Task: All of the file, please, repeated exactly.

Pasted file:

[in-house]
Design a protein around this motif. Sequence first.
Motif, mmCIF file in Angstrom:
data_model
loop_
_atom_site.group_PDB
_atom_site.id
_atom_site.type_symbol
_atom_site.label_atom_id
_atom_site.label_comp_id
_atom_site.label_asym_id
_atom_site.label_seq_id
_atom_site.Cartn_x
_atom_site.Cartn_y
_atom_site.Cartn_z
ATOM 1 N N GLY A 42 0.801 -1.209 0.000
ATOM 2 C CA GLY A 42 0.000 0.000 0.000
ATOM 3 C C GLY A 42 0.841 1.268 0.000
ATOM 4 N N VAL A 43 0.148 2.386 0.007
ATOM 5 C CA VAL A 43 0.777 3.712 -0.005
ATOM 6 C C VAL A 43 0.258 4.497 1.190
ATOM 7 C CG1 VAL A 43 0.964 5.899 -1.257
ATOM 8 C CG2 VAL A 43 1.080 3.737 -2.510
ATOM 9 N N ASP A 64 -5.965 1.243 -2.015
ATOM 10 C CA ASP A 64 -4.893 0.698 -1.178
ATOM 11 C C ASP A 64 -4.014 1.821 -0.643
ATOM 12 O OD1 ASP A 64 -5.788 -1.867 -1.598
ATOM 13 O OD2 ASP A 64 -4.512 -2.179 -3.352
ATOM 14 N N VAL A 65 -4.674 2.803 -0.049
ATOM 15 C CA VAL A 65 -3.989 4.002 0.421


[in-house]
Design a protein around this motif. Sequence first.
Motif, mmCIF file in Angstrom:
data_model
loop_
_atom_site.group_PDB
_atom_site.id
_atom_site.type_symbol
_atom_site.label_atom_id
_atom_site.label_comp_id
_atom_site.label_asym_id
_atom_site.label_seq_id
_atom_site.Cartn_x
_atom_site.Cartn_y
_atom_site.Cartn_z
ATOM 1 N N GLY A 42 0.801 -1.209 0.000
ATOM 2 C CA GLY A 42 0.000 0.000 0.000
ATOM 3 C C GLY A 42 0.841 1.268 0.000
ATOM 4 N N VAL A 43 0.148 2.386 0.007
ATOM 5 C CA VAL A 43 0.777 3.712 -0.005
ATOM 6 C C VAL A 43 0.258 4.497 1.190
ATOM 7 C CG1 VAL A 43 0.964 5.899 -1.257
ATOM 8 C CG2 VAL A 43 1.080 3.737 -2.510
ATOM 9 N N ASP A 64 -5.965 1.243 -2.015
ATOM 10 C CA ASP A 64 -4.893 0.698 -1.178
ATOM 11 C C ASP A 64 -4.014 1.821 -0.643
ATOM 12 O OD1 ASP A 64 -5.788 -1.867 -1.598
ATOM 13 O OD2 ASP A 64 -4.512 -2.179 -3.352
ATOM 14 N N VAL A 65 -4.674 2.803 -0.049
ATOM 15 C CA VAL A 65 -3.989 4.002 0.421